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Dwayne Barsotta
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Here is my issue:    I want to build a stand alone application that requires the user to enter a username and password.

I have already figured out that I am going to have a class "DBConnect" that will connect to the database with "create=false".  I will place this in a try/catch block.  If it fails, this means there is no database ->  here I will inform the controller class.  The controller class will then call methods and open windows for the user to create an admin account.  The last part of this will be to call the DBConnect class but a different constructor that will allow the connector to build the database.    Does this make sense to anyone?   If you have any other ideas let me know.  I didn't find anyway for the DBconnect class to check if the database exists so I figured the best way is to try and connect to it, if the connection fails then it must be because there is no database.

No to my actual problem.  Encryption of the users password.  I know I can encrypt the data in the database itself but will the retrieved data be in usable form when returned back to me or will I have to run it through some decrypter?  This is not really effective.  What I would rather do is encrypt the password into the database.  Can this be done?  Just encrypt one element of a database?  Also when I retrieve the password to compare it to the one used to log in with.  Will the retrieved password be readable by my application?  If not how would you recommend this?  I was thinking if the retrieved password comes back encrypted, then I might have to add a tuple to a table for storing "attempted login passwords" in a table that is encrypted.  Then I can retrieve both the encrypted passwords and see if they are both correct.

Does anyone have any insite into this?  I really don't need to encrypt all the data in the database.  I want to be able to access the database using squirrelSQL later.  If the data is encrypted then I won't be able to read the data.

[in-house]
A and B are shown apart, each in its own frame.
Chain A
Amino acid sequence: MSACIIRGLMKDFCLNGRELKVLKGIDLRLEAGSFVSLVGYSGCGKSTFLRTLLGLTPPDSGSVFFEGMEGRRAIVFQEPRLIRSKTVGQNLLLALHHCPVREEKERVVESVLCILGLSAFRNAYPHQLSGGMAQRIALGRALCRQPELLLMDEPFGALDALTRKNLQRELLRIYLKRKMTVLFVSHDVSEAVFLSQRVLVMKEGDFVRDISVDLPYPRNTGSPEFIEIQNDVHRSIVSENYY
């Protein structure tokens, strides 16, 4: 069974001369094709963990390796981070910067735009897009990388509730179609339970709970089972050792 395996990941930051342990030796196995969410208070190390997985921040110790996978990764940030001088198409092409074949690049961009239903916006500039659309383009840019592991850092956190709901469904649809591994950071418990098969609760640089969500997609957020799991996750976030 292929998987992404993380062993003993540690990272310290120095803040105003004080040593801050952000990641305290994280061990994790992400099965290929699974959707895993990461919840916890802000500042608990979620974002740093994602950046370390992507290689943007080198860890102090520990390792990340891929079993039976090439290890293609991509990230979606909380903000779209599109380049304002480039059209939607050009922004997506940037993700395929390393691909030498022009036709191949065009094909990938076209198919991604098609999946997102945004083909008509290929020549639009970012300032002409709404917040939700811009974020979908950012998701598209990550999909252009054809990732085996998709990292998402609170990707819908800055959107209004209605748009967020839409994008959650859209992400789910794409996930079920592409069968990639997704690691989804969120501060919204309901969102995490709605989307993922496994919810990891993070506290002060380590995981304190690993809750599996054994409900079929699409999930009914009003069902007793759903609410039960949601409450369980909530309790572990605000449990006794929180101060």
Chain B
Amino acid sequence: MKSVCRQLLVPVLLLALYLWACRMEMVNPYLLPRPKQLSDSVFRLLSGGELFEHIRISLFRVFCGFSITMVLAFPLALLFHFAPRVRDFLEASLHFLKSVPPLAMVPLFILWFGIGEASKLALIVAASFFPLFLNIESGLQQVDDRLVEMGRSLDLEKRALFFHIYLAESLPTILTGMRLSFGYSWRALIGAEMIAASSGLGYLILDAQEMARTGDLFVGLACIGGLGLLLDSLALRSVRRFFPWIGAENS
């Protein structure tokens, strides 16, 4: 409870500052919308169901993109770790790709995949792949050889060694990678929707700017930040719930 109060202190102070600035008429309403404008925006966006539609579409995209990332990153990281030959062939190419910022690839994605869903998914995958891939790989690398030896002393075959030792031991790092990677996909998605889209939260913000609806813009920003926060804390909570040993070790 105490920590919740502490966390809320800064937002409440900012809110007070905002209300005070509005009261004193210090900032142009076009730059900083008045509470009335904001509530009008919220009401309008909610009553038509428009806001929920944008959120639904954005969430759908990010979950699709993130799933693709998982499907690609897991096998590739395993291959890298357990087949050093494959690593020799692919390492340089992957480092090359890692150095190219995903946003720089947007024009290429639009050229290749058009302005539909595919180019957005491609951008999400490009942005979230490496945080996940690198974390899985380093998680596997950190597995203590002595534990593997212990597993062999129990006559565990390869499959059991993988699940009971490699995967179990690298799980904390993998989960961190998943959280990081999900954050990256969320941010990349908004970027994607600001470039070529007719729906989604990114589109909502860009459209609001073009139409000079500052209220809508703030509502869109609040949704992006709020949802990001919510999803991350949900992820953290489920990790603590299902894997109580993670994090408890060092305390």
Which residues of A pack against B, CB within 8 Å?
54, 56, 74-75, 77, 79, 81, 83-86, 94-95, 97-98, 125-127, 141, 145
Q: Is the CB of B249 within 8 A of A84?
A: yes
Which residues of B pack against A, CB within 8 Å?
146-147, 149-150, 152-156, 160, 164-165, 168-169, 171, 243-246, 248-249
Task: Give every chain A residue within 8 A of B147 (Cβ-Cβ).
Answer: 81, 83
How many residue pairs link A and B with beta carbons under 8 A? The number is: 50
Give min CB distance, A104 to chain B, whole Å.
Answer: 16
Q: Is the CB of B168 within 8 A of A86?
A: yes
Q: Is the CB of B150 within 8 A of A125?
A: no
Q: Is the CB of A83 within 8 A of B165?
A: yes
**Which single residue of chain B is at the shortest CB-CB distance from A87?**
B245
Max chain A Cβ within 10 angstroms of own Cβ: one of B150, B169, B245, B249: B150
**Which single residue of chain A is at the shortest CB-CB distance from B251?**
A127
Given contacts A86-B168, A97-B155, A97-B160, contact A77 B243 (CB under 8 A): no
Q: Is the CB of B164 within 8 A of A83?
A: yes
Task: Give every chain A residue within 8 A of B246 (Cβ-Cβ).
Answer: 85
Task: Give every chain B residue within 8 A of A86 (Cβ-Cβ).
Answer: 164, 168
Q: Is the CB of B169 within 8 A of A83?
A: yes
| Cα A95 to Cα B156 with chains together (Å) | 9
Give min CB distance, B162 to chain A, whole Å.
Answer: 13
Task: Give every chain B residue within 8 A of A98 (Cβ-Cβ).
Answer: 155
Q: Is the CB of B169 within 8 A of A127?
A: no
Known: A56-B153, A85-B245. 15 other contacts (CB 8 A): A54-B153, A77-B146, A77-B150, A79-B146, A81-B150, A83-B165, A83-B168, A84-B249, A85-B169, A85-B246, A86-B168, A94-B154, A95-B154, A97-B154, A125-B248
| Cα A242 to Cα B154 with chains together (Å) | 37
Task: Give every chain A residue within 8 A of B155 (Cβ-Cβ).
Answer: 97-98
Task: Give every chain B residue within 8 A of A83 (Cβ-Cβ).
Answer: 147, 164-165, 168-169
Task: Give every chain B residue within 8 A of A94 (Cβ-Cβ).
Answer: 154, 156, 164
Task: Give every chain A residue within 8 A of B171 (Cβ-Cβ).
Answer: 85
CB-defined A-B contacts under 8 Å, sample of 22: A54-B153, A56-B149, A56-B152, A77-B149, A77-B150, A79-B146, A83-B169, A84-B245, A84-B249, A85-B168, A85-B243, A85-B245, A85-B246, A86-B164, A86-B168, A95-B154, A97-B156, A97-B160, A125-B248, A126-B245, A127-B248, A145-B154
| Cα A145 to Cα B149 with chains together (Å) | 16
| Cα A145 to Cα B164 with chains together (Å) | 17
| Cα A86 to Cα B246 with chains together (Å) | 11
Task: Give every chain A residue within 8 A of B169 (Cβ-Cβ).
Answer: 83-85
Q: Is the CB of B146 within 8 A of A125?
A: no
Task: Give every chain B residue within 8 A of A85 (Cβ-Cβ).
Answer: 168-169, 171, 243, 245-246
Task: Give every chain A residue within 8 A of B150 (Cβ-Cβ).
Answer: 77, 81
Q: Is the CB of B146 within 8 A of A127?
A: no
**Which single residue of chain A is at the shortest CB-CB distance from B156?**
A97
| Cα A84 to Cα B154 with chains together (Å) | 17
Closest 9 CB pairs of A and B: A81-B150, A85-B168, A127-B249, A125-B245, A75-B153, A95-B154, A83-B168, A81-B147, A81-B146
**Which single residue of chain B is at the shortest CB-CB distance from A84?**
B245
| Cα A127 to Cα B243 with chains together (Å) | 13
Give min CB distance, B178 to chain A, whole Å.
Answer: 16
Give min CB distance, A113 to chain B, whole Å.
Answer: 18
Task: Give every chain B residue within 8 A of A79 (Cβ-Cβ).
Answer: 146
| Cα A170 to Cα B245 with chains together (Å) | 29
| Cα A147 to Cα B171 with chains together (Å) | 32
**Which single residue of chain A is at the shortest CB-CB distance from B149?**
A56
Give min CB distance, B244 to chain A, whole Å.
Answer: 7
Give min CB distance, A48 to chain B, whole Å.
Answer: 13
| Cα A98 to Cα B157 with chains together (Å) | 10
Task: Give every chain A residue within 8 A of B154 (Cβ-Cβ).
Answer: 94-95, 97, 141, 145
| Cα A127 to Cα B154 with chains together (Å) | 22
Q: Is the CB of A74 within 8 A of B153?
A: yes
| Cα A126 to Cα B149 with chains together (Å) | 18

A last option is to include an encryption routine in java code.  Run the password though this, then store the result in the database.  Then I could run the "login" password through the same process and compare the result to the password stored in the database?

Thank you all!
 
Dwayne Barsotta
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So far my research is pointing towards creating an application level encryption system.  I also learned I can protect access to the database via username and password.  So as of now.  Unless anyone has a better solution.

I will build the application where upon first use obviously there will be no users.  I will then call a class to make the "installing" person create an administrator account.  This account can have access to all the database's as I will make it a "System level".  When this account is made the administrator will be able to add regular users as needed.  The process of adding the new users will then also incorporate creating a new database just for that user, as well as giving them access to common databases (yes I will have databases that store data everyone needs to use).  I will pass the users password through the application level encryption an store it in the Derby built in username password list as an encrypted value. 

Then during the normal login I can run the entered password though the encrypter before passing it to the database connection class.  If the database grants the user access then I know they are valid and a global variable can be set like "Boolean loggedIn = True;"

Does this seem like the best option for my situation?
 
Paul Clapham
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Dwayne Barsotta wrote:No to my actual problem.  Encryption of the users password.  I know I can encrypt the data in the database itself but will the retrieved data be in usable form when returned back to me or will I have to run it through some decrypter?  This is not really effective.  What I would rather do is encrypt the password into the database.  Can this be done?  Just encrypt one element of a database?  Also when I retrieve the password to compare it to the one used to log in with.  Will the retrieved password be readable by my application?  If not how would you recommend this?  I was thinking if the retrieved password comes back encrypted, then I might have to add a tuple to a table for storing "attempted login passwords" in a table that is encrypted.  Then I can retrieve both the encrypted passwords and see if they are both correct.

Does anyone have any insite into this?  I really don't need to encrypt all the data in the database.  I want to be able to access the database using squirrelSQL later.  If the data is encrypted then I won't be able to read the data.